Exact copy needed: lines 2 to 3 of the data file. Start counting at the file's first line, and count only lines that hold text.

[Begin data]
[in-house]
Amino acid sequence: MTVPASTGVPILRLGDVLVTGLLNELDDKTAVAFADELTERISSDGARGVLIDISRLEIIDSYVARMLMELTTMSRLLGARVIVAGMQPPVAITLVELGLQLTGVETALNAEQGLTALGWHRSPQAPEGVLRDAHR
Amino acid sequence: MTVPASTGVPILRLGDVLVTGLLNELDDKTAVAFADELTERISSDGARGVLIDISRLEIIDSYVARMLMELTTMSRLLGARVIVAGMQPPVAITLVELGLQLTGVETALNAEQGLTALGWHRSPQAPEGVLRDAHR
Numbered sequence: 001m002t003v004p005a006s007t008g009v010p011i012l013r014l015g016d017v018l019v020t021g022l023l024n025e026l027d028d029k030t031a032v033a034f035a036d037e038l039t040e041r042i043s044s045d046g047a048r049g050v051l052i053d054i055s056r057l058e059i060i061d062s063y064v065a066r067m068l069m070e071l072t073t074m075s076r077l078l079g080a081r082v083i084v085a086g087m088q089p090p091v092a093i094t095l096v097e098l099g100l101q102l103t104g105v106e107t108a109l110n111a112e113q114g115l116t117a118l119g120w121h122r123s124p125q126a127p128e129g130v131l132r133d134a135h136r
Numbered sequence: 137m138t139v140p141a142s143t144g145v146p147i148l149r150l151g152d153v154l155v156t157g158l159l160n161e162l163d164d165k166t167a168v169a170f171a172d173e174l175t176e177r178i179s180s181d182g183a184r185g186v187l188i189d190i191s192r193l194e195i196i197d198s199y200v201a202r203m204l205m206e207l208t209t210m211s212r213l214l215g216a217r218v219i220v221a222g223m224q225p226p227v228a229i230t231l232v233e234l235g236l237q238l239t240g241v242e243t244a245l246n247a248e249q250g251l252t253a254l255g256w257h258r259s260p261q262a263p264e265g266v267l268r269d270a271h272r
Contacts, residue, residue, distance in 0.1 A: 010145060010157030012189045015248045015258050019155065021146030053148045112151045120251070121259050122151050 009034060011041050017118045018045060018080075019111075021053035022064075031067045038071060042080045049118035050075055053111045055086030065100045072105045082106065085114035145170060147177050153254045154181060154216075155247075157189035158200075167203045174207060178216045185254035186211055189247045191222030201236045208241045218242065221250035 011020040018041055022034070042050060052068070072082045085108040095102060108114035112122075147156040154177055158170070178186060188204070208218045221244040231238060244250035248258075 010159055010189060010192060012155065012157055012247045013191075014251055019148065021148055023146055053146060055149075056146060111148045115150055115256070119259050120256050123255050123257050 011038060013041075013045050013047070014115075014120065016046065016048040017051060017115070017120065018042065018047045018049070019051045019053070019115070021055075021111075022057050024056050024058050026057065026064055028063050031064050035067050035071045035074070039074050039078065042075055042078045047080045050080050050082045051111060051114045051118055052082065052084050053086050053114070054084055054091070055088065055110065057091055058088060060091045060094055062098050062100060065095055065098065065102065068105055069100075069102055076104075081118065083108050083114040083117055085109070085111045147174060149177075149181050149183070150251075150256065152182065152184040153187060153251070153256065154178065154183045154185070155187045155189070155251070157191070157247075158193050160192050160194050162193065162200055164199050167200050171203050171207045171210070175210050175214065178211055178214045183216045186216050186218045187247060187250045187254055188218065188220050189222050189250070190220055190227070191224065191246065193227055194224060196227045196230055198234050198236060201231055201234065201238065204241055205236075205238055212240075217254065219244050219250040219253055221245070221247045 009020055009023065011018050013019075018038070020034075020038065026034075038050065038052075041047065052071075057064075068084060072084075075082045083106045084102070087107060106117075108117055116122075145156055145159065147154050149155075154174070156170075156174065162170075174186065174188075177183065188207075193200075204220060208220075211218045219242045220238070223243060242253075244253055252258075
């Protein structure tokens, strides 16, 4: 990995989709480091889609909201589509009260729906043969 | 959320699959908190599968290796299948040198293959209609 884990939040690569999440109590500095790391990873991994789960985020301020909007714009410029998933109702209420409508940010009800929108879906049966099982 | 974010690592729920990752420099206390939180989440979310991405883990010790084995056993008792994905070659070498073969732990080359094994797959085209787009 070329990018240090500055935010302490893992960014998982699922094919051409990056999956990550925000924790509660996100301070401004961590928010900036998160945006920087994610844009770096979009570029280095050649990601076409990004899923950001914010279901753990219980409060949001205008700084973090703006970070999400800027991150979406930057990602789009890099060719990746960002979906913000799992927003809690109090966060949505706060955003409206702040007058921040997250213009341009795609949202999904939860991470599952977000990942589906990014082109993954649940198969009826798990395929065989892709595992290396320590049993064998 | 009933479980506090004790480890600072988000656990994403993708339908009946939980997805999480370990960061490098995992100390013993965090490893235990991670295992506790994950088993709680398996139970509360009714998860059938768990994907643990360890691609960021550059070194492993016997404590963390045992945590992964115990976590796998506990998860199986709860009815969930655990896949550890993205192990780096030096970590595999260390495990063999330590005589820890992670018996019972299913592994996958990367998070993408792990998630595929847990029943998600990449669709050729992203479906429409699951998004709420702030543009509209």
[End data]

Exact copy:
Amino acid sequence: MTVPASTGVPILRLGDVLVTGLLNELDDKTAVAFADELTERISSDGARGVLIDISRLEIIDSYVARMLMELTTMSRLLGARVIVAGMQPPVAITLVELGLQLTGVETALNAEQGLTALGWHRSPQAPEGVLRDAHR
Amino acid sequence: MTVPASTGVPILRLGDVLVTGLLNELDDKTAVAFADELTERISSDGARGVLIDISRLEIIDSYVARMLMELTTMSRLLGARVIVAGMQPPVAITLVELGLQLTGVETALNAEQGLTALGWHRSPQAPEGVLRDAHR